as a new gene responsible for 3’-flap removal that operates in conjunction with Rad1/Rad10 endonuclease. The role of Saw1 in SSA and a subset of gene conversion processes was confirmed by five different recombination assays: the plasmid-based SSA assay, two chromosome-based SSA assays, a plasmid-based gene conversion assay with 3’-flap intermediates, and monitoring of 3’-flap intermediates in vivo
. Saw1 likely performs this role by physically interacting with the Rad1/Rad10 endonuclease complex. Saw1 proteins also interact with Msh2/Msh3 and Rad52, and the interaction with Rad52 is induced by DNA damage. Size fractionation of cell extracts using sucrose density gradient ultracentrifugation suggests that Saw1 proteins form a large molecular weight complex and co-eluted at the same fractions with the Rad1 proteins (Supplemental Fig. 5
). Furthermore, Saw1 is unstable in a rad1
Δ strain, suggesting that all Saw1 likely exists as a complex with Rad1/Rad10 proteins (see Supplemental Fig. 6
). Expression of saw1
mutants that disrupt physical interaction with Rad1, but retain interaction with Msh2 and Rad52 almost completely disabled SSA and gene conversion requiring Rad1/Rad10-dependent 3’-flap removal. Altogether, we propose that Saw1 is a new component of the 3’-flap removal complex comprising Rad1/Rad10, Msh2/Msh3 and Rad52 proteins.
Deletion of SAW1 causes a marked deficiency in the 3’-flap removal step during recombination. Saw1 apparently operates in the same pathway with the Rad1/Rad10 complex and Slx4 proteins because mutants deleting both SAW1 and RAD1 or SAW1 and SLX4 exhibited 3’-flap removal defect indistinguishable from each single gene deletion mutant. Furthermore, analysis of 3’-flap cleavage in the absence of SAW1 suggests identical substrate specificity with the Rad1/Rad10 complex and Slx4 proteins. However, the primary difference still exists between these proteins for their role in the repair of UV-induced DNA lesions: Rad1/Rad10 is essential for NER, but Saw1 is completely dispensable. Additionally, saw1 and slx4 mutations have opposing effects on the frequency of recombination at rDNA, despite their common molecular defect: lack of 3′-flap cleavage. We propose that one of these two proteins, besides its role in 3’-flap processing, has a distinct role in the regulation of recombination at the rDNA.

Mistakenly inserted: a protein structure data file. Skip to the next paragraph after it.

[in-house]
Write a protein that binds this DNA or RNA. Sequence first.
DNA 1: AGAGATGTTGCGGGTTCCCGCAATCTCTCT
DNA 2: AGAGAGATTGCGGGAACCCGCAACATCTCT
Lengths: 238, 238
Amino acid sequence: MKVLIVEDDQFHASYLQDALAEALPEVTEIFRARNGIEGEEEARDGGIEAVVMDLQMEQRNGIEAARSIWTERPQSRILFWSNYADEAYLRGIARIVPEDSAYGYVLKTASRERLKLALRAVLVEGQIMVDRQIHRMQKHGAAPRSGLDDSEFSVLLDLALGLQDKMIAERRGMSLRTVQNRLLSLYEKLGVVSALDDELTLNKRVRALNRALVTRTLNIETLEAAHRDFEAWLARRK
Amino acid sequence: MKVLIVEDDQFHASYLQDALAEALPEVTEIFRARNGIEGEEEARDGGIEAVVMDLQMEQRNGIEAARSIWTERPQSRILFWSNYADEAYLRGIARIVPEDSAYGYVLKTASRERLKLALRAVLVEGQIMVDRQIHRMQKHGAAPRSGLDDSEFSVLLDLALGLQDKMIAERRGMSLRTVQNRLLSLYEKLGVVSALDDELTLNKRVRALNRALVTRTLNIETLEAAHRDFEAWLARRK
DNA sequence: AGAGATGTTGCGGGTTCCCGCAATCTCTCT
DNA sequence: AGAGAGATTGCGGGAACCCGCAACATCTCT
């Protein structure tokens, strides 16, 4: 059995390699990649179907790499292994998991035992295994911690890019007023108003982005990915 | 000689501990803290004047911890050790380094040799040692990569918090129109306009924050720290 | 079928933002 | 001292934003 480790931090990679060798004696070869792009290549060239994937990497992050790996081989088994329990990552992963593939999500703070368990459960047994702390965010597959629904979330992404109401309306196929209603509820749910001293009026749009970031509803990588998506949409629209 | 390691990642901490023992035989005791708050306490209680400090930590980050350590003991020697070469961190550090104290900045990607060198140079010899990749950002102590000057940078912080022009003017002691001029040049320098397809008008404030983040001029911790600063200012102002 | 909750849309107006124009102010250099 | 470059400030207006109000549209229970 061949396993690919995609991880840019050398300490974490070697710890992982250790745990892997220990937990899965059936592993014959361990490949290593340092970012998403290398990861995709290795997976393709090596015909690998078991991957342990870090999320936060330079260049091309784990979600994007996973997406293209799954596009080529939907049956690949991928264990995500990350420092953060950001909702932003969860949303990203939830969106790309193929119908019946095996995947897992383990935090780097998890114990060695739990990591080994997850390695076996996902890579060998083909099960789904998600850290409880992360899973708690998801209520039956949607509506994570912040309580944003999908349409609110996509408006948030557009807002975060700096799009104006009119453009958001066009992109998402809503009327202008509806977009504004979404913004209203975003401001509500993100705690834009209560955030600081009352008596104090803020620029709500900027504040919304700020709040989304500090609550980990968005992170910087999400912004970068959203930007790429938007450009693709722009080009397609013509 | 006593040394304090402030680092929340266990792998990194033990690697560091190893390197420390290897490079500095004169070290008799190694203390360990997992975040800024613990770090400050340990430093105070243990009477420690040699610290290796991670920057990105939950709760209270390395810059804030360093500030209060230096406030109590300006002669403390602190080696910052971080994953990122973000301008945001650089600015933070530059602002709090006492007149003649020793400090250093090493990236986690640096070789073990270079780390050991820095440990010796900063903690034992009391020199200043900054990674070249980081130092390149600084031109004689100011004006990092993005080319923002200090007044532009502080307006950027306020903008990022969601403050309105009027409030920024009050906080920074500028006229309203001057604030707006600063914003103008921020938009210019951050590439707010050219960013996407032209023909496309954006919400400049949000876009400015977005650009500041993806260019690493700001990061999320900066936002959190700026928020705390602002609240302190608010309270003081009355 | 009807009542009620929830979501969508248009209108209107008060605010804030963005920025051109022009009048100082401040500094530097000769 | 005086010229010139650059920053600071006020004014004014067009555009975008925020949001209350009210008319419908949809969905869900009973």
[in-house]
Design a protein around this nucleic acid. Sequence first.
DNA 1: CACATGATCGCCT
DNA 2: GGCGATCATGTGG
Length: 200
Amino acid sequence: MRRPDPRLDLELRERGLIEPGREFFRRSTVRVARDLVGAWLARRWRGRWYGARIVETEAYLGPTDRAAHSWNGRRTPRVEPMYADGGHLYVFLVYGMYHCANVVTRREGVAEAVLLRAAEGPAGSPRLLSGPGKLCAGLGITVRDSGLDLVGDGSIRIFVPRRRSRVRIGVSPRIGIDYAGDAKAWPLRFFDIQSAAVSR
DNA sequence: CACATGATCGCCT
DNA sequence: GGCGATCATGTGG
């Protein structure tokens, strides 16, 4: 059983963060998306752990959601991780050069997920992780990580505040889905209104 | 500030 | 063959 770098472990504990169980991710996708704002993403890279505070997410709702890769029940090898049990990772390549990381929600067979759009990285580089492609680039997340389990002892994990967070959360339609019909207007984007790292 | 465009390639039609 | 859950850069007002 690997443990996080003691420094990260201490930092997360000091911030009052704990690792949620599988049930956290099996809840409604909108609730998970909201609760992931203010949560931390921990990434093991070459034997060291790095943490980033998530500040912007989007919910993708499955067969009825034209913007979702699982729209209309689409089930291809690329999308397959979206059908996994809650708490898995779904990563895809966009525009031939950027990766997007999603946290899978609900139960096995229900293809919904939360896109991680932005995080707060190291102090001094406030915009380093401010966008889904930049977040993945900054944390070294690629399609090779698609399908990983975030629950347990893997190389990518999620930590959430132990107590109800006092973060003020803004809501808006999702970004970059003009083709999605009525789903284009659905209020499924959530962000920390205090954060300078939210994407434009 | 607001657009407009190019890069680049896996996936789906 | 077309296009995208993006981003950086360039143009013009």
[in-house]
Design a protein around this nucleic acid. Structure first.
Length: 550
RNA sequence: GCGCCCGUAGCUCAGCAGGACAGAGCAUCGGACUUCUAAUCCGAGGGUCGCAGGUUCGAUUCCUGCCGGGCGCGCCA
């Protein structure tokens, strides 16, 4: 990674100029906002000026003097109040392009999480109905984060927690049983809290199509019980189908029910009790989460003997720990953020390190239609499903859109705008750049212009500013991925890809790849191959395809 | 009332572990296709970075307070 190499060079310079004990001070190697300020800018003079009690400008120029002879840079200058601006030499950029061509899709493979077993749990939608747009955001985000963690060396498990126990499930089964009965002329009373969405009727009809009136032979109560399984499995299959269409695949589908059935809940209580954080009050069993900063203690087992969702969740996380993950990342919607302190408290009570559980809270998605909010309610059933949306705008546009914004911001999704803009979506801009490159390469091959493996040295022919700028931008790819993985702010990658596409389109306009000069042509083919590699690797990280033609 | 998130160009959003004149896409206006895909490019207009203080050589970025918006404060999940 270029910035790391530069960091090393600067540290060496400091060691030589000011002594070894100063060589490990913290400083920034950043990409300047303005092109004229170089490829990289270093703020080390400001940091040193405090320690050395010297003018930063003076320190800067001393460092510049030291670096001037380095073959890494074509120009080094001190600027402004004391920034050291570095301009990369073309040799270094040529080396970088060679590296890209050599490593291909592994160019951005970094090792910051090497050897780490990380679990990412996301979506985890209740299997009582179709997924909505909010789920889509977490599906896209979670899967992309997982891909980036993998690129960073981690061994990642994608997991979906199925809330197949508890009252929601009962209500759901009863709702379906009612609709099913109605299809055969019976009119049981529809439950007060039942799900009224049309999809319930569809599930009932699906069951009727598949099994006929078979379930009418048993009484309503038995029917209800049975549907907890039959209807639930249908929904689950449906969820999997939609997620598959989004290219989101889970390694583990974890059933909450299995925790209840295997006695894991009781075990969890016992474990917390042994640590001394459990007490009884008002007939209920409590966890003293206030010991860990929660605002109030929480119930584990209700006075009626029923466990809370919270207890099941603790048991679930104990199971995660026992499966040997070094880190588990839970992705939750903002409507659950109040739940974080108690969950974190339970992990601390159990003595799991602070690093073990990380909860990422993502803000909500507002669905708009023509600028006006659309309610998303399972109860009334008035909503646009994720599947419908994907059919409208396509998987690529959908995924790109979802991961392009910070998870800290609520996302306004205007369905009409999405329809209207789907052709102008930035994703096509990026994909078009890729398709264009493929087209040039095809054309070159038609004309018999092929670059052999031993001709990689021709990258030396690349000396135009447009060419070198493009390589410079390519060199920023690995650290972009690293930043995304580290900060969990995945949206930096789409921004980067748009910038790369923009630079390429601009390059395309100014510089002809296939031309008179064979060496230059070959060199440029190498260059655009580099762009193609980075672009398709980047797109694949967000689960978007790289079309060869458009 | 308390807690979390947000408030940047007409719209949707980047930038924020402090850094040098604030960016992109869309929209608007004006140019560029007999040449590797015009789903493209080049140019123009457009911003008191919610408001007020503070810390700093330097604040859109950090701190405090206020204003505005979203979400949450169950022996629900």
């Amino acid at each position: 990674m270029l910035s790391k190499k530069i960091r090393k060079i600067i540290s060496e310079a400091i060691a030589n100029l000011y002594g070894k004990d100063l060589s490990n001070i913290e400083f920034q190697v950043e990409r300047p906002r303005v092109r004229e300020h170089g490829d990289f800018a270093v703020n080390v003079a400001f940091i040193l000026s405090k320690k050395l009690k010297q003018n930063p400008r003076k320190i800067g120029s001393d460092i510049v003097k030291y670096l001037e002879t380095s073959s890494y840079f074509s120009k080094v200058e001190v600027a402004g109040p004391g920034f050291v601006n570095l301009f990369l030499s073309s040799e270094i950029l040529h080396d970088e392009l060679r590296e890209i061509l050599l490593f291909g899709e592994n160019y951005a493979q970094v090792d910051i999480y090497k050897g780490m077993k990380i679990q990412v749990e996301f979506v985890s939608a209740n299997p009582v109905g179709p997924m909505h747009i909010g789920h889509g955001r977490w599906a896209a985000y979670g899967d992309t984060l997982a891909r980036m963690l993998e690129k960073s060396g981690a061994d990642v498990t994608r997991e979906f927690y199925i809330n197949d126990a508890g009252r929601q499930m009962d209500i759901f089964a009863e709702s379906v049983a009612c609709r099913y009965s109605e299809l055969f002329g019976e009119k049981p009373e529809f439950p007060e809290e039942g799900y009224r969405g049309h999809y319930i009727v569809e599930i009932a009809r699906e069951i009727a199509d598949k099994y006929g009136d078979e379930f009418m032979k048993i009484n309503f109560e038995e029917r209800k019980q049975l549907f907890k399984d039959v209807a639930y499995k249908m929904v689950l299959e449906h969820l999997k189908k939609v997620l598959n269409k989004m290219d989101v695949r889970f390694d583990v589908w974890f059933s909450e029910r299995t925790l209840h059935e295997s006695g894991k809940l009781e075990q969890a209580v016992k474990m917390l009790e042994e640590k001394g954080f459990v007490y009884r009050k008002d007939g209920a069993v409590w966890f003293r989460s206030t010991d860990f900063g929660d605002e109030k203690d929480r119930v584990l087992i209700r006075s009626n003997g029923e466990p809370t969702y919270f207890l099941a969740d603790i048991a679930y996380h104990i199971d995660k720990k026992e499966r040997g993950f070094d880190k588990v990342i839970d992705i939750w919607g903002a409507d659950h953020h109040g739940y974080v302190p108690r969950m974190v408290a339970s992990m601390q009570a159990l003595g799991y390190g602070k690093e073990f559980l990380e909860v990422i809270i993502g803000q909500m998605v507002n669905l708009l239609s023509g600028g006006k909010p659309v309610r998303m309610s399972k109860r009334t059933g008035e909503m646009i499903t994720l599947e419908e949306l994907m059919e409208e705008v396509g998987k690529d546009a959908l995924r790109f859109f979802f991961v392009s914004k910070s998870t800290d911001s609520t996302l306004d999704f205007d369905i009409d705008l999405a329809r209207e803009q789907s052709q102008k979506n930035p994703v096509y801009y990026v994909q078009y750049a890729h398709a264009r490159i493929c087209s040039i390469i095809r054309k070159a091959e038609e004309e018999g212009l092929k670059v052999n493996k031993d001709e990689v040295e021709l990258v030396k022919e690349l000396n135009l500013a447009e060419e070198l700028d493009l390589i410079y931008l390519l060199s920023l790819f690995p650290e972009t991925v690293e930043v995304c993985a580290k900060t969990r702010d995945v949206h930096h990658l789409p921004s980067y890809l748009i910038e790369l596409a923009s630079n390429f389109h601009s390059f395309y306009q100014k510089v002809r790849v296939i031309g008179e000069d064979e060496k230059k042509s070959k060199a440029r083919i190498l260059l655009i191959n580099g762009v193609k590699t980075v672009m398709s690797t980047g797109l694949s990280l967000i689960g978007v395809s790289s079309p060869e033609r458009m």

We showed that the rad1-D825A mutant with an amino acid substitution at the nuclease active site conserved between Rad1 and XPF fails to cleave 3’-flaps and produce SSA product but associates with 3’-flap intermediates in a Saw1-dependent manner in vivo
, whereas wild type Rad1 is undetectable by ChIP assay at the 3’-flap intermediates. The results are highly congruent with the model that Rad1/Rad10 endonuclease only transiently associates with its substrates and that Saw1 is critical for this interaction. Upon successful cleavage of 3’-flaps from annealed intermediates, Rad1 may not sustain interaction with the recombination intermediates because Rad1 can no longer stably associate with the remaining duplex DNA or be removed along with the disjoined flaps due to tight association with ssDNA. Saw1 may target Rad1/Rad10 through physical association with Rad1/Rad10 and other recombination proteins (including RPA, Rad52 and/or Rad59) that bind to ssDNA after 5’ nucleolytic processing of the DNA break. In mammals, RPA and Rad52 are all implicated in modulating 3’-flap removal reaction (de Laat et al., 1998